Brazil's Neymar set to become latest attraction in Europe
Everywhere you look and everywhere you go, there appears to be some sort of reference about Neymar.
It might be in one of the dozens of television commercials or on billboards by sponsors that make him by far the best paid athlete in Brazil. Or in his appearance in the popular soap opera that puts him inside the homes of tens of millions of people.
Neymar is more than the future of Brazilian football. He is an idol on the field and a celebrity off it.
And it's only a matter of time before Europe gets a taste of the Brazilian youngster.
There have been rumors of Neymar moving to a top European team since he started playing regularly for Santos in 2009, but negotiations involving the 21-year-old forward have picked up steam in recent weeks and his transfer appears imminent.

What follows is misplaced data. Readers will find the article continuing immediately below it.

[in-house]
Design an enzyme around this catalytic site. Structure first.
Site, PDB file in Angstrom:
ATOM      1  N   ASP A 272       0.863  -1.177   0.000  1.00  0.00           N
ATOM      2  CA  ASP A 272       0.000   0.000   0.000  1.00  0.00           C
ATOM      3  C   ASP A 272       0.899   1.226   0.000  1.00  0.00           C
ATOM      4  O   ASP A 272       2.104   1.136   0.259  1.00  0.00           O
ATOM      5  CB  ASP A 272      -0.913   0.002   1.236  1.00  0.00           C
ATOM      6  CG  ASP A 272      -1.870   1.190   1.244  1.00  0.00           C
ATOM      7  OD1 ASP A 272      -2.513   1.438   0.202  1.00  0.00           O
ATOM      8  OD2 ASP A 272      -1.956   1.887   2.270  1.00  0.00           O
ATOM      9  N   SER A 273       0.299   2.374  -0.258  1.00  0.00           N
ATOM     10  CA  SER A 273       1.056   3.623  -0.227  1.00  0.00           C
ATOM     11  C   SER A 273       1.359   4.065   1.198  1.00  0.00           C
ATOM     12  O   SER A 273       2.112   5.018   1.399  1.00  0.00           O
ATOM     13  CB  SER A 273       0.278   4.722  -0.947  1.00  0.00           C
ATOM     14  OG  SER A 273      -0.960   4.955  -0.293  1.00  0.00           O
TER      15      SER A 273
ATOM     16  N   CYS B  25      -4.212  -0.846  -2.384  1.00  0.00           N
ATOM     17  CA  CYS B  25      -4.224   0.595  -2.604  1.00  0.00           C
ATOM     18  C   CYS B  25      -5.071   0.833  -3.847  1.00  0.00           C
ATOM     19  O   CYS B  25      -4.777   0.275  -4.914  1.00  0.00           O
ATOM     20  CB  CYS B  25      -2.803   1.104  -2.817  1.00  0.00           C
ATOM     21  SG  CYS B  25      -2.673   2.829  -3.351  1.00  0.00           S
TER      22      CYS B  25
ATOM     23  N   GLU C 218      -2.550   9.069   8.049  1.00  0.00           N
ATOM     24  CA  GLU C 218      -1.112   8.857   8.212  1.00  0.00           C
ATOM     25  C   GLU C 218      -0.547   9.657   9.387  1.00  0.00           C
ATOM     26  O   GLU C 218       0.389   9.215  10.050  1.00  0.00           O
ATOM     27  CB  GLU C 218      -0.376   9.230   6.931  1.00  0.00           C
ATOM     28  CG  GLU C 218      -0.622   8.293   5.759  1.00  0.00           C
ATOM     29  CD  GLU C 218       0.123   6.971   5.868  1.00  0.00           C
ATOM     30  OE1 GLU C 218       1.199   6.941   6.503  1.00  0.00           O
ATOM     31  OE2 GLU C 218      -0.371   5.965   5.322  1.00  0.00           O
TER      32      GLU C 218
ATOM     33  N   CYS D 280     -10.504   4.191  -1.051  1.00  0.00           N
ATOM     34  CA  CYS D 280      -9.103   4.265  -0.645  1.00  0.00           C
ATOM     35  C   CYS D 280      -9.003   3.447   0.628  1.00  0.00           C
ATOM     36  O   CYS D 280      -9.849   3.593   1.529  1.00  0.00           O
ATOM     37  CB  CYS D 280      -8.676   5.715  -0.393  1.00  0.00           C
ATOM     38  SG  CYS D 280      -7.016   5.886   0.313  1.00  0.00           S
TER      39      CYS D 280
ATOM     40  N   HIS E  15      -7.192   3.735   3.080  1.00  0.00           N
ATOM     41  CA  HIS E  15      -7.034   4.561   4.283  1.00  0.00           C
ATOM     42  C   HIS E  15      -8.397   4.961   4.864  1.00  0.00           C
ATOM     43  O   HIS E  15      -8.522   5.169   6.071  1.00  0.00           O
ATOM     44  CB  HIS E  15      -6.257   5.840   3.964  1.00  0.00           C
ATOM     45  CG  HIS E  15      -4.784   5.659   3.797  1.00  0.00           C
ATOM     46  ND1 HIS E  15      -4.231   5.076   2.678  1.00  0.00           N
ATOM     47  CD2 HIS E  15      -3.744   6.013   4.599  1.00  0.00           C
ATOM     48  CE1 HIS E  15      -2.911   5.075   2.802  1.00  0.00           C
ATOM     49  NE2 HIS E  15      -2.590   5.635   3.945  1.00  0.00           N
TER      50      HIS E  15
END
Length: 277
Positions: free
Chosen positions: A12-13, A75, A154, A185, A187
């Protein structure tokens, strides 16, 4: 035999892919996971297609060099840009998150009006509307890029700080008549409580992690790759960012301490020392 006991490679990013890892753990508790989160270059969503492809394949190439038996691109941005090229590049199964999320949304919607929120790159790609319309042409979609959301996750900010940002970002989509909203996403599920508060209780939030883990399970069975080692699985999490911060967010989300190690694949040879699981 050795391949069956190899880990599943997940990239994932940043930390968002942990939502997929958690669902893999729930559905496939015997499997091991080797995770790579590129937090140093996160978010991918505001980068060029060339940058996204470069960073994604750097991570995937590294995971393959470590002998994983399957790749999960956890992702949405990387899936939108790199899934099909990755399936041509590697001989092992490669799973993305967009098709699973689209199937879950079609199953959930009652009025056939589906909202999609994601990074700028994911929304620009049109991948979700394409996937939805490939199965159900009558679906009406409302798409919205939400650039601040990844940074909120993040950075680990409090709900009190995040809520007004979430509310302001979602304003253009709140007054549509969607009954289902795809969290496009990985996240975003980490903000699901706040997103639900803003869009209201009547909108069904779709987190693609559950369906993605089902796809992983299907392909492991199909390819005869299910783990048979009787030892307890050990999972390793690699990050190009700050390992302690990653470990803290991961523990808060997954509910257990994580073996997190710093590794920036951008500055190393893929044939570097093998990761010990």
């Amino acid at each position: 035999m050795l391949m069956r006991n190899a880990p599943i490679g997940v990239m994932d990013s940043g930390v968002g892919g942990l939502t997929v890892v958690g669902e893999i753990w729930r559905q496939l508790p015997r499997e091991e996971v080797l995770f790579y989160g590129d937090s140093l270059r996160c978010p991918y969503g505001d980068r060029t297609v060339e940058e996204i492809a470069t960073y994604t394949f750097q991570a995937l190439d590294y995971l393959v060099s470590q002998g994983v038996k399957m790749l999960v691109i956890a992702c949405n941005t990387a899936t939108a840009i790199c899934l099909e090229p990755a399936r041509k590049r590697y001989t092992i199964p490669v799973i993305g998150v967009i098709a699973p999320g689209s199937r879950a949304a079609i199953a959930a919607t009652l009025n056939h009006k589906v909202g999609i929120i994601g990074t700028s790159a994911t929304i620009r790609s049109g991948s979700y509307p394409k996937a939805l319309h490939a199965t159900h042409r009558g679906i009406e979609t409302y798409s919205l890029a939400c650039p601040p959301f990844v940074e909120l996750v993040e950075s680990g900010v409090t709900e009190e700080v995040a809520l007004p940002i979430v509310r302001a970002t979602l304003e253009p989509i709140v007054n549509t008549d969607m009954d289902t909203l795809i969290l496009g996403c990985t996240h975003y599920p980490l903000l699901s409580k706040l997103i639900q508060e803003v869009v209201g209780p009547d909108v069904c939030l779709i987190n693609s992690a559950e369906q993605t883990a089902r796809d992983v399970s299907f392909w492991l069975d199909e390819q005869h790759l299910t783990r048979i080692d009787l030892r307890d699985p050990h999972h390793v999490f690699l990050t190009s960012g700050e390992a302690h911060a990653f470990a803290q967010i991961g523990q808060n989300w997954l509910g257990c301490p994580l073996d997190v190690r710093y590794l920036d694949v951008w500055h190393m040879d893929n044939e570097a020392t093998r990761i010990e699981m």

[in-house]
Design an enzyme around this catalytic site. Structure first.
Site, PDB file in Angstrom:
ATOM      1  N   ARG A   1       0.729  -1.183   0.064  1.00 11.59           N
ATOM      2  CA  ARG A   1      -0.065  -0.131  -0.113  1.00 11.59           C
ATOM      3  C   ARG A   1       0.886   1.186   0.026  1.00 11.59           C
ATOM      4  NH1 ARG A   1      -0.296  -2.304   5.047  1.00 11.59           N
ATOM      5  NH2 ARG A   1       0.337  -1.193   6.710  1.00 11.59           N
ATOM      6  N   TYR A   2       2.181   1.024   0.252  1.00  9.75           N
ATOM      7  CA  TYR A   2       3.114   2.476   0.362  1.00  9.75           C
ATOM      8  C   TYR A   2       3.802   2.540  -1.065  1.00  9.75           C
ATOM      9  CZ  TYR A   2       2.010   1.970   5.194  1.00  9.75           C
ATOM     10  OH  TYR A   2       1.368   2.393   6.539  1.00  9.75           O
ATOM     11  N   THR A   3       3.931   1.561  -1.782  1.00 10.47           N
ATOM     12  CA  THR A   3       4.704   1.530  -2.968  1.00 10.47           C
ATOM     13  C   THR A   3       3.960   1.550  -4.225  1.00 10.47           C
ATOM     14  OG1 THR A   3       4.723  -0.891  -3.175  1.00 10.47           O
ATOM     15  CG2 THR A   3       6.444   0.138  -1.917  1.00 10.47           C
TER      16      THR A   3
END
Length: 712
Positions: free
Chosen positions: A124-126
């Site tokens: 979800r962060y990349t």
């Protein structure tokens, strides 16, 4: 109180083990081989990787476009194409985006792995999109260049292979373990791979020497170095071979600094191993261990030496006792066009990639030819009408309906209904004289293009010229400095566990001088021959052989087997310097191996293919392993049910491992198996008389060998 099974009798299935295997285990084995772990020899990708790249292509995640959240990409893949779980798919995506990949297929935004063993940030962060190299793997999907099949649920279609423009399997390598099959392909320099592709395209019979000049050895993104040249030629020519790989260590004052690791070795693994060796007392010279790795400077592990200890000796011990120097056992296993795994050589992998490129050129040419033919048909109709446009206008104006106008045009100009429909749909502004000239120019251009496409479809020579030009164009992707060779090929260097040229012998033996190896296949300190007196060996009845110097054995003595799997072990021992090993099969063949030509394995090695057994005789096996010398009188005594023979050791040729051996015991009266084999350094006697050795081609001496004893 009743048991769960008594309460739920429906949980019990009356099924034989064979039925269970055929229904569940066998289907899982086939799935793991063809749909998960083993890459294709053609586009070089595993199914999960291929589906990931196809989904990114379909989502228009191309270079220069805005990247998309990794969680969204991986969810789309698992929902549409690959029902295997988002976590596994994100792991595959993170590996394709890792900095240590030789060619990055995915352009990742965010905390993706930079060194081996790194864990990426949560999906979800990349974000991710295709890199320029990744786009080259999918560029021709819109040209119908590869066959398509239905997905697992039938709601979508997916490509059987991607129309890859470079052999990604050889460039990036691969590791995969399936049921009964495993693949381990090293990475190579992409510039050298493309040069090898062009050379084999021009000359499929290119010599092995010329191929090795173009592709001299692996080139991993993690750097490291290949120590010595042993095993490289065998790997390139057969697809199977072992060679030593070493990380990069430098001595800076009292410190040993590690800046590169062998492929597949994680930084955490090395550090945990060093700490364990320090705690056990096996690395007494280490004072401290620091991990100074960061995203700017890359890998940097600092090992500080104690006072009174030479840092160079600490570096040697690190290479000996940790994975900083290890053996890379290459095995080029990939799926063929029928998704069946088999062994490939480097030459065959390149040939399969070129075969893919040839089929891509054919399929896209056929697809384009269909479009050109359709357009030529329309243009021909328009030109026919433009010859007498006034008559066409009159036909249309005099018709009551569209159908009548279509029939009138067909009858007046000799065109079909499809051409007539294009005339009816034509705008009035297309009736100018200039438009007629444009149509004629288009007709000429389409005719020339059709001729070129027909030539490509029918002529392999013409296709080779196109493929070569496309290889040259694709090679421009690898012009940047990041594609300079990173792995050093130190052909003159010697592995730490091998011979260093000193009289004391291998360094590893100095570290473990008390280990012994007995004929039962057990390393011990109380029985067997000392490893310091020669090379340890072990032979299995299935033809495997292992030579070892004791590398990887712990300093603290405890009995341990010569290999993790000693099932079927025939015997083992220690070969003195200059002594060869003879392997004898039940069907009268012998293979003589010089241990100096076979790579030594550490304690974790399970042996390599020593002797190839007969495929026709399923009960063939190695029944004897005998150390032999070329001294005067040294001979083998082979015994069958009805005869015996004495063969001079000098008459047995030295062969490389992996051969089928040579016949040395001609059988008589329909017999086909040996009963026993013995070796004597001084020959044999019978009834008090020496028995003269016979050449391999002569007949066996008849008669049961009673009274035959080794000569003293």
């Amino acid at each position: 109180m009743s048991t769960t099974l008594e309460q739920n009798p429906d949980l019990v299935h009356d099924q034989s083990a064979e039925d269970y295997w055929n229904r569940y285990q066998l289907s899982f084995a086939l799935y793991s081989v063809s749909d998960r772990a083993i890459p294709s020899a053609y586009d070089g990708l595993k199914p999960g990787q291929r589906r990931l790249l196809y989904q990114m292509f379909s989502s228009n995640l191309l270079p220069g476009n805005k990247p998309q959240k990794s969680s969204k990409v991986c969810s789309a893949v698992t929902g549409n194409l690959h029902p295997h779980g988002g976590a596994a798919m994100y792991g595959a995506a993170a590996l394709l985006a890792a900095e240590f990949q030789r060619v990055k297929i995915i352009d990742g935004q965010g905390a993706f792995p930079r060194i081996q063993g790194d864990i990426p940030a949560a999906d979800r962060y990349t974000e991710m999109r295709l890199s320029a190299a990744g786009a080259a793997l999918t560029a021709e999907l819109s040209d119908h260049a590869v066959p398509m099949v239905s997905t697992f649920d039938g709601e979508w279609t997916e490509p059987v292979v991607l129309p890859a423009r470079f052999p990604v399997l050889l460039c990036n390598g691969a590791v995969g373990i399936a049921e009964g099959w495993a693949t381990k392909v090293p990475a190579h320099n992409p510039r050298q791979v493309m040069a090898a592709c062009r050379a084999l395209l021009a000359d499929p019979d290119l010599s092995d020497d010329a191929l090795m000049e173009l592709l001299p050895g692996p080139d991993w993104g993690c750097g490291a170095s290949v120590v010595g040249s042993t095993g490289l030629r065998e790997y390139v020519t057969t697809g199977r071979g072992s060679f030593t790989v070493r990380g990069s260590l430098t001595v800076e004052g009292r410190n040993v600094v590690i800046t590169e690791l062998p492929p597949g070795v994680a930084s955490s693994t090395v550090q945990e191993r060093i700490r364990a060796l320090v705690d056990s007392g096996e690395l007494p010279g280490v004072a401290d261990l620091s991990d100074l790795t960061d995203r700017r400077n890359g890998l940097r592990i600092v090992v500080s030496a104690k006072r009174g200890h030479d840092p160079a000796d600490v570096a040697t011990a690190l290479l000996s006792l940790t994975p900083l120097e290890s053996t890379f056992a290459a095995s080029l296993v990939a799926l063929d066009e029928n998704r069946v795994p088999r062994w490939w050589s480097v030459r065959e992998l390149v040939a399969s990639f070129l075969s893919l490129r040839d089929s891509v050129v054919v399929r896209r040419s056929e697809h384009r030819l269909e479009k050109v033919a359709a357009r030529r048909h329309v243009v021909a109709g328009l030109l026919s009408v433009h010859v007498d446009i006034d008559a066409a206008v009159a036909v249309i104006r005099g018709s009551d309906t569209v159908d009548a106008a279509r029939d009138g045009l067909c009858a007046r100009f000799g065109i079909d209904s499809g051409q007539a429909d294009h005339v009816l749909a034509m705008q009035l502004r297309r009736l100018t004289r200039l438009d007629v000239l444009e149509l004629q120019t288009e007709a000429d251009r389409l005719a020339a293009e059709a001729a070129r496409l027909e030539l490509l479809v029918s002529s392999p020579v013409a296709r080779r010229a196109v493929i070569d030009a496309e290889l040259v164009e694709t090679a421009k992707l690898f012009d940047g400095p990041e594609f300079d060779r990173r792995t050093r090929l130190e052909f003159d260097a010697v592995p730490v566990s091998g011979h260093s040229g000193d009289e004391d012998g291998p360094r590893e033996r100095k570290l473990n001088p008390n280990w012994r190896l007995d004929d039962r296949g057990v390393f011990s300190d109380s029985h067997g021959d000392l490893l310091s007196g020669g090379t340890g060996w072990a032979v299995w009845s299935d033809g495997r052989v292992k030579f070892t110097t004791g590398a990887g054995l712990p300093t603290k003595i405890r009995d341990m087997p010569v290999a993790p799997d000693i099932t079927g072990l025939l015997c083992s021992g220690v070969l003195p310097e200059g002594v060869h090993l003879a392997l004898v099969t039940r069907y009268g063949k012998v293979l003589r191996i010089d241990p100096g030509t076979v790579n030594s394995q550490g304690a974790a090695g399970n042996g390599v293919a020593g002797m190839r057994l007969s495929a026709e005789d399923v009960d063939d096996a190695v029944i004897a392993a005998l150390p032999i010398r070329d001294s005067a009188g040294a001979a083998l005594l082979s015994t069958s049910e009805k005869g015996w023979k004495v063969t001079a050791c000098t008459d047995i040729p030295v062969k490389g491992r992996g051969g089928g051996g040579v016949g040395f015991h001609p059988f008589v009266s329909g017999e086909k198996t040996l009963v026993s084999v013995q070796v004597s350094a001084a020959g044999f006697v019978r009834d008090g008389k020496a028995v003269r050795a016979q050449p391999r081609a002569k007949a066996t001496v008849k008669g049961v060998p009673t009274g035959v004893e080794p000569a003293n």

Media in Spain and Brazil say he has already reached a deal to join Barcelona after the Confederations Cup in June. Santos directors have admitted they are talking to officials from top European clubs, including Barcelona, and Santos coach Muricy Ramalho acknowledged it will be hard to keep the player in Brazil when the transfer window opens in July.
"There were rumors before and nothing happened,'' Ramalho said. "But this time they really seem more serious. The rumors have picked up steam. When the market opens, we know there is this possibility. It will be a huge loss, the club will miss him.''
Neymar could become the most talked-about transfer prospect in July. This week he topped the list of most marketable athletes in the world in a report published by SporsPro magazine, finishing ahead of Barcelona forward Lionel Messi and golfer Rory McIlroy. The list, produced in association with Eurosport, ranks athletes from across the world according to their marketing potential over the next three years.
Few dispute Neymar's potential. Messi was quoted as saying this week that he would be "a wonderful signing'' for Barcelona.